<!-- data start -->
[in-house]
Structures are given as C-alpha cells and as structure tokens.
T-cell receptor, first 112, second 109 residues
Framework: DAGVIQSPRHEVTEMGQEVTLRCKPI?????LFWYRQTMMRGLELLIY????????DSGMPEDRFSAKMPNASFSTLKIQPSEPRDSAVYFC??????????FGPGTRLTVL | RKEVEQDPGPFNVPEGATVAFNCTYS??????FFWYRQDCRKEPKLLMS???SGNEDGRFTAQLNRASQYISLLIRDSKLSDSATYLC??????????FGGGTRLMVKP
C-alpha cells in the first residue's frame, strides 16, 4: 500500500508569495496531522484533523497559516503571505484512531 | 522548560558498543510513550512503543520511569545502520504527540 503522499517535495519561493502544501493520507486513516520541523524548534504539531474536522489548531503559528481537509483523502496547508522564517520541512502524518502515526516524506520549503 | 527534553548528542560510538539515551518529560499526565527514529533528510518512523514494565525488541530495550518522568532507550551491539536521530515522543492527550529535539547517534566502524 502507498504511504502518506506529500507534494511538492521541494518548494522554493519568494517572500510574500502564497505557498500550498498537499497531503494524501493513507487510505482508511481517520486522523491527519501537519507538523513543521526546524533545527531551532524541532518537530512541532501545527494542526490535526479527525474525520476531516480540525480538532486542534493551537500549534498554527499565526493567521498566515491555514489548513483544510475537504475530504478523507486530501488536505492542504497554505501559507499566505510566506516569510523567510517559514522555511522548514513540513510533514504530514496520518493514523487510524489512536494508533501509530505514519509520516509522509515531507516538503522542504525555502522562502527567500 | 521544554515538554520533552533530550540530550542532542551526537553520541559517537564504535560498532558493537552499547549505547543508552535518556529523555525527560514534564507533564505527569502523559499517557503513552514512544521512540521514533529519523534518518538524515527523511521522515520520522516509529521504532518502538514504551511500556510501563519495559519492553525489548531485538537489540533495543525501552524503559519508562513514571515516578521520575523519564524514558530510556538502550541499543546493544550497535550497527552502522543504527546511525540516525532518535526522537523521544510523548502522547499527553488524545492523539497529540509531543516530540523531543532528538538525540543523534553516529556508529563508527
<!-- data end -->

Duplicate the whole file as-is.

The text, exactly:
[in-house]
Structures are given as C-alpha cells and as structure tokens.
T-cell receptor, first 112, second 109 residues
Framework: DAGVIQSPRHEVTEMGQEVTLRCKPI?????LFWYRQTMMRGLELLIY????????DSGMPEDRFSAKMPNASFSTLKIQPSEPRDSAVYFC??????????FGPGTRLTVL | RKEVEQDPGPFNVPEGATVAFNCTYS??????FFWYRQDCRKEPKLLMS???SGNEDGRFTAQLNRASQYISLLIRDSKLSDSATYLC??????????FGGGTRLMVKP
C-alpha cells in the first residue's frame, strides 16, 4: 500500500508569495496531522484533523497559516503571505484512531 | 522548560558498543510513550512503543520511569545502520504527540 503522499517535495519561493502544501493520507486513516520541523524548534504539531474536522489548531503559528481537509483523502496547508522564517520541512502524518502515526516524506520549503 | 527534553548528542560510538539515551518529560499526565527514529533528510518512523514494565525488541530495550518522568532507550551491539536521530515522543492527550529535539547517534566502524 502507498504511504502518506506529500507534494511538492521541494518548494522554493519568494517572500510574500502564497505557498500550498498537499497531503494524501493513507487510505482508511481517520486522523491527519501537519507538523513543521526546524533545527531551532524541532518537530512541532501545527494542526490535526479527525474525520476531516480540525480538532486542534493551537500549534498554527499565526493567521498566515491555514489548513483544510475537504475530504478523507486530501488536505492542504497554505501559507499566505510566506516569510523567510517559514522555511522548514513540513510533514504530514496520518493514523487510524489512536494508533501509530505514519509520516509522509515531507516538503522542504525555502522562502527567500 | 521544554515538554520533552533530550540530550542532542551526537553520541559517537564504535560498532558493537552499547549505547543508552535518556529523555525527560514534564507533564505527569502523559499517557503513552514512544521512540521514533529519523534518518538524515527523511521522515520520522516509529521504532518502538514504551511500556510501563519495559519492553525489548531485538537489540533495543525501552524503559519508562513514571515516578521520575523519564524514558530510556538502550541499543546493544550497535550497527552502522543504527546511525540516525532518535526522537523521544510523548502522547499527553488524545492523539497529540509531543516530540523531543532528538538525540543523534553516529556508529563508527